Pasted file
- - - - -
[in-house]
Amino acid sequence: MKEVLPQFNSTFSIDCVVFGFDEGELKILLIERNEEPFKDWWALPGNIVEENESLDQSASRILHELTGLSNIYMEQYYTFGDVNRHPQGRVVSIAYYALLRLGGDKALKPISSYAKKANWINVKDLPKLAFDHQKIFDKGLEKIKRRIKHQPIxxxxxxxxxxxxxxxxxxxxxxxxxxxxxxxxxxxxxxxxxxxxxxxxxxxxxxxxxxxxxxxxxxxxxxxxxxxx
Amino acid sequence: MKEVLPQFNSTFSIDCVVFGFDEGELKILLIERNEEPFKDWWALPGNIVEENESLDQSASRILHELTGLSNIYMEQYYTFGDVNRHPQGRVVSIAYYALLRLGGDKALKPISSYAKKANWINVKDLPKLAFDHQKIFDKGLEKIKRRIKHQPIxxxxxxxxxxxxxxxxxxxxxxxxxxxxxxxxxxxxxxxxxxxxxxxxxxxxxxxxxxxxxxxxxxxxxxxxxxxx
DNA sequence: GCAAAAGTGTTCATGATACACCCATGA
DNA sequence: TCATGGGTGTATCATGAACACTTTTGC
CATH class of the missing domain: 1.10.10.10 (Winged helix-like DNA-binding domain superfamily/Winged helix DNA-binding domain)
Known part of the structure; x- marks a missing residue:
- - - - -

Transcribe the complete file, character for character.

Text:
[in-house]
Amino acid sequence: MKEVLPQFNSTFSIDCVVFGFDEGELKILLIERNEEPFKDWWALPGNIVEENESLDQSASRILHELTGLSNIYMEQYYTFGDVNRHPQGRVVSIAYYALLRLGGDKALKPISSYAKKANWINVKDLPKLAFDHQKIFDKGLEKIKRRIKHQPIxxxxxxxxxxxxxxxxxxxxxxxxxxxxxxxxxxxxxxxxxxxxxxxxxxxxxxxxxxxxxxxxxxxxxxxxxxxx
Amino acid sequence: MKEVLPQFNSTFSIDCVVFGFDEGELKILLIERNEEPFKDWWALPGNIVEENESLDQSASRILHELTGLSNIYMEQYYTFGDVNRHPQGRVVSIAYYALLRLGGDKALKPISSYAKKANWINVKDLPKLAFDHQKIFDKGLEKIKRRIKHQPIxxxxxxxxxxxxxxxxxxxxxxxxxxxxxxxxxxxxxxxxxxxxxxxxxxxxxxxxxxxxxxxxxxxxxxxxxxxx
DNA sequence: GCAAAAGTGTTCATGATACACCCATGA
DNA sequence: TCATGGGTGTATCATGAACACTTTTGC
CATH class of the missing domain: 1.10.10.10 (Winged helix-like DNA-binding domain superfamily/Winged helix DNA-binding domain)
Known part of the structure; x- marks a missing residue: